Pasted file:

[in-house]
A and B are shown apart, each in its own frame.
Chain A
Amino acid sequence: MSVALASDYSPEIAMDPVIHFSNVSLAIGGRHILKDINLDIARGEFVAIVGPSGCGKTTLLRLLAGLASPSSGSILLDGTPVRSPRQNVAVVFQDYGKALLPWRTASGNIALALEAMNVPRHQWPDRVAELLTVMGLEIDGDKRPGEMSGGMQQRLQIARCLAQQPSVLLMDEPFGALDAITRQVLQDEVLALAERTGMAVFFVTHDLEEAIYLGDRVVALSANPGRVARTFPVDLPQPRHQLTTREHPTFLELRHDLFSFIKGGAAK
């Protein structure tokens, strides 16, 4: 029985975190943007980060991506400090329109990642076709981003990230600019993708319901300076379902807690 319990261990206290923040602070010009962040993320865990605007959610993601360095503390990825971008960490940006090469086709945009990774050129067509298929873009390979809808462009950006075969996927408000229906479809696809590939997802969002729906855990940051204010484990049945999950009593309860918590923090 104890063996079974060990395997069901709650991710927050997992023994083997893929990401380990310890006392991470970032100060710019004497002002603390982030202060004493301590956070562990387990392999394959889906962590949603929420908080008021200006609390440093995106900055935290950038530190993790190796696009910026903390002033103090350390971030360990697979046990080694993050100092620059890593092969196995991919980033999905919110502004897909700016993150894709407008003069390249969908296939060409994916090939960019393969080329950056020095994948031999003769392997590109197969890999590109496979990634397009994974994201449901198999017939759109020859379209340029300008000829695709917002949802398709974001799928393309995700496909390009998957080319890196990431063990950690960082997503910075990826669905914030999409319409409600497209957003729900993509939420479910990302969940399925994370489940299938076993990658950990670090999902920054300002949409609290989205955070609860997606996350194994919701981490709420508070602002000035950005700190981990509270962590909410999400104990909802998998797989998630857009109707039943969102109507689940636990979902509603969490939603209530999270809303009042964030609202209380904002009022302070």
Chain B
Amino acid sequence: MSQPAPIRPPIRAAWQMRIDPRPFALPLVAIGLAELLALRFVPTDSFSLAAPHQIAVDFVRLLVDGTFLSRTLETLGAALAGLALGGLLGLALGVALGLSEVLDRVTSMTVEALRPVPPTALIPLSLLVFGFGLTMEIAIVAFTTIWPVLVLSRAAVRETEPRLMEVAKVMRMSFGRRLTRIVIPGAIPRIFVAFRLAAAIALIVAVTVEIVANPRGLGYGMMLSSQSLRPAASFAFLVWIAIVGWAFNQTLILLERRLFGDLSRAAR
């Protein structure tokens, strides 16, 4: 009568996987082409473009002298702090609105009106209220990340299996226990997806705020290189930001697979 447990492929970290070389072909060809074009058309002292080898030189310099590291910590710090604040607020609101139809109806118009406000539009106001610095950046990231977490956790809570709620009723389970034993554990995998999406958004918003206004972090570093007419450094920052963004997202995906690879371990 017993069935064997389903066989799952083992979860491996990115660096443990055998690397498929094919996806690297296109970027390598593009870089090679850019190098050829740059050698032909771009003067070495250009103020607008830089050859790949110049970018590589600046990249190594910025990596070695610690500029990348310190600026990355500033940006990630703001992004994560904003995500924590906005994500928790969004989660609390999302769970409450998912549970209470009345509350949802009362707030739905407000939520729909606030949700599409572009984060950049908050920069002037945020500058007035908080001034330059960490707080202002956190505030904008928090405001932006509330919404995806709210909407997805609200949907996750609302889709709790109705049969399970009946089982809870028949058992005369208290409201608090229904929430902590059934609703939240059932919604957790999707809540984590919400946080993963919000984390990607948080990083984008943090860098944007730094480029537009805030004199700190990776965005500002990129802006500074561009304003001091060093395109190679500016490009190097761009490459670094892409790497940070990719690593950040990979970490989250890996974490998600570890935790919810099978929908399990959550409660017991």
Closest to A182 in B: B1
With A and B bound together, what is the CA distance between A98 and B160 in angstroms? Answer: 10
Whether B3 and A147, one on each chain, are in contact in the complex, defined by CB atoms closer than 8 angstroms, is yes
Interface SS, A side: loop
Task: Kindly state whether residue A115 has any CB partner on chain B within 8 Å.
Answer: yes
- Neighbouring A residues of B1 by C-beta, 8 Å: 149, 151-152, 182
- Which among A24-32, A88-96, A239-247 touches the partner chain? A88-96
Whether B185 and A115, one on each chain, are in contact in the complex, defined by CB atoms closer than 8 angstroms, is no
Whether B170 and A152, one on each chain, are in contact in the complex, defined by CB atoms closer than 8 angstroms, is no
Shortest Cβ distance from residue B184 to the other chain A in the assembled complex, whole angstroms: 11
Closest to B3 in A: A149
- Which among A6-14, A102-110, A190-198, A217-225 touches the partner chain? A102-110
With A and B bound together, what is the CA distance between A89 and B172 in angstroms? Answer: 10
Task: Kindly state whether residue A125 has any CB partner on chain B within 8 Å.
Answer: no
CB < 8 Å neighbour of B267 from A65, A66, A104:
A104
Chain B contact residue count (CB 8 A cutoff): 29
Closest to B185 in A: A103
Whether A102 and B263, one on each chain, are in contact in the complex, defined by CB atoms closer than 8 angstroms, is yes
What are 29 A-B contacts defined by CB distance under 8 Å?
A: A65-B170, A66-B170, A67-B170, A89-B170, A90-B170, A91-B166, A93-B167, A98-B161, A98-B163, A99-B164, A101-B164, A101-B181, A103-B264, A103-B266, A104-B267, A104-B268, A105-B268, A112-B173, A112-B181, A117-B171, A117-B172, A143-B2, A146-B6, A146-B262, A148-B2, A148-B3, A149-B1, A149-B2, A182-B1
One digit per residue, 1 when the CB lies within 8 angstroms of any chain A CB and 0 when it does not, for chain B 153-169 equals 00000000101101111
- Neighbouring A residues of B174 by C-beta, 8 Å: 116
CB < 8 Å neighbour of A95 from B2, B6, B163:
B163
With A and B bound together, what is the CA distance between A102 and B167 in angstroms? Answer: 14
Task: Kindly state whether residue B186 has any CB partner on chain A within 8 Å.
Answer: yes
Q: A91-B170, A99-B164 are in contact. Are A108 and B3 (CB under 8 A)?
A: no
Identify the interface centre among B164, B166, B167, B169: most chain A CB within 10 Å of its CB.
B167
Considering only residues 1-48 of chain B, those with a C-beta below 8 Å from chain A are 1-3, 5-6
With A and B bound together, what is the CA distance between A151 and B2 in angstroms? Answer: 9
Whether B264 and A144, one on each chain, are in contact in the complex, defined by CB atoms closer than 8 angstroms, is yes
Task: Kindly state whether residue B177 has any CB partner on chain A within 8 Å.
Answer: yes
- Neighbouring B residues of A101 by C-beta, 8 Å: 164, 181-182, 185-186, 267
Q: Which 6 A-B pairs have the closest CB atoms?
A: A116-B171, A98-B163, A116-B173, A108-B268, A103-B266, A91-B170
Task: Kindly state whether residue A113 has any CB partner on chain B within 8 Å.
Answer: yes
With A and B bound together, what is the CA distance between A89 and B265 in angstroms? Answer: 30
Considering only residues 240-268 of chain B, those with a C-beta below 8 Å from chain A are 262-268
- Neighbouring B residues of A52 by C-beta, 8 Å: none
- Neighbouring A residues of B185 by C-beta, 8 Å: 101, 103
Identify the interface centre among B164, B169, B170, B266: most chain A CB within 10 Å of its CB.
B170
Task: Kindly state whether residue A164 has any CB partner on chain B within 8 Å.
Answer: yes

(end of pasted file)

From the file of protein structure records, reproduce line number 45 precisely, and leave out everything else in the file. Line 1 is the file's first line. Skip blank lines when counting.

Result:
Whether B264 and A144, one on each chain, are in contact in the complex, defined by CB atoms closer than 8 angstroms, is yes